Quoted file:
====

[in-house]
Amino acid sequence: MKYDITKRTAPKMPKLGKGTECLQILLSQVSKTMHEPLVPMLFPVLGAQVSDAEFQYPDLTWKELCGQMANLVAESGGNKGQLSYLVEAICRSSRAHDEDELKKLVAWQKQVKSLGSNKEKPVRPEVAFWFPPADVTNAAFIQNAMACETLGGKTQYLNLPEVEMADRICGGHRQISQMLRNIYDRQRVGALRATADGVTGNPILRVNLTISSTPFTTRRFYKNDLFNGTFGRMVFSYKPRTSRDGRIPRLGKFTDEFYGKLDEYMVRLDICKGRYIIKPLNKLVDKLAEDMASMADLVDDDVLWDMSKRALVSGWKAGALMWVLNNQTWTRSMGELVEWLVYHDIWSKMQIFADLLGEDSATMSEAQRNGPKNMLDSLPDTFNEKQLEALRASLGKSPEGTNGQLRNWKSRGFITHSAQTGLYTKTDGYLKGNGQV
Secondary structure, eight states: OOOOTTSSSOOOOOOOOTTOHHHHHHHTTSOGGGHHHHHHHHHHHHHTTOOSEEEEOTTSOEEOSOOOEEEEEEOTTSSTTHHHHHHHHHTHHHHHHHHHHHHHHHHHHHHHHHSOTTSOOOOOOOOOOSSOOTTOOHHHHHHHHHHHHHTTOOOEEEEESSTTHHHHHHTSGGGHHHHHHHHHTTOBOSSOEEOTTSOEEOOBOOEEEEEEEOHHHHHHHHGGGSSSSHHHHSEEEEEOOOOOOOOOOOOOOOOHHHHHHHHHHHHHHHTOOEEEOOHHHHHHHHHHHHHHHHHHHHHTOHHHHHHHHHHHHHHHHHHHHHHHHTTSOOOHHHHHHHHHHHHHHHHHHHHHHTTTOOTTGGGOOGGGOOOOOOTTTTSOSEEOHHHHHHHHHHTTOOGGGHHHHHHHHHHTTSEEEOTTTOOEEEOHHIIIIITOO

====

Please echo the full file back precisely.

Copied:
[in-house]
Amino acid sequence: MKYDITKRTAPKMPKLGKGTECLQILLSQVSKTMHEPLVPMLFPVLGAQVSDAEFQYPDLTWKELCGQMANLVAESGGNKGQLSYLVEAICRSSRAHDEDELKKLVAWQKQVKSLGSNKEKPVRPEVAFWFPPADVTNAAFIQNAMACETLGGKTQYLNLPEVEMADRICGGHRQISQMLRNIYDRQRVGALRATADGVTGNPILRVNLTISSTPFTTRRFYKNDLFNGTFGRMVFSYKPRTSRDGRIPRLGKFTDEFYGKLDEYMVRLDICKGRYIIKPLNKLVDKLAEDMASMADLVDDDVLWDMSKRALVSGWKAGALMWVLNNQTWTRSMGELVEWLVYHDIWSKMQIFADLLGEDSATMSEAQRNGPKNMLDSLPDTFNEKQLEALRASLGKSPEGTNGQLRNWKSRGFITHSAQTGLYTKTDGYLKGNGQV
Secondary structure, eight states: OOOOTTSSSOOOOOOOOTTOHHHHHHHTTSOGGGHHHHHHHHHHHHHTTOOSEEEEOTTSOEEOSOOOEEEEEEOTTSSTTHHHHHHHHHTHHHHHHHHHHHHHHHHHHHHHHHSOTTSOOOOOOOOOOSSOOTTOOHHHHHHHHHHHHHTTOOOEEEEESSTTHHHHHHTSGGGHHHHHHHHHTTOBOSSOEEOTTSOEEOOBOOEEEEEEEOHHHHHHHHGGGSSSSHHHHSEEEEEOOOOOOOOOOOOOOOOHHHHHHHHHHHHHHHTOOEEEOOHHHHHHHHHHHHHHHHHHHHHTOHHHHHHHHHHHHHHHHHHHHHHHHTTSOOOHHHHHHHHHHHHHHHHHHHHHHTTTOOTTGGGOOGGGOOOOOOTTTTSOSEEOHHHHHHHHHHTTOOGGGHHHHHHHHHHTTSEEEOTTTOOEEEOHHIIIIITOO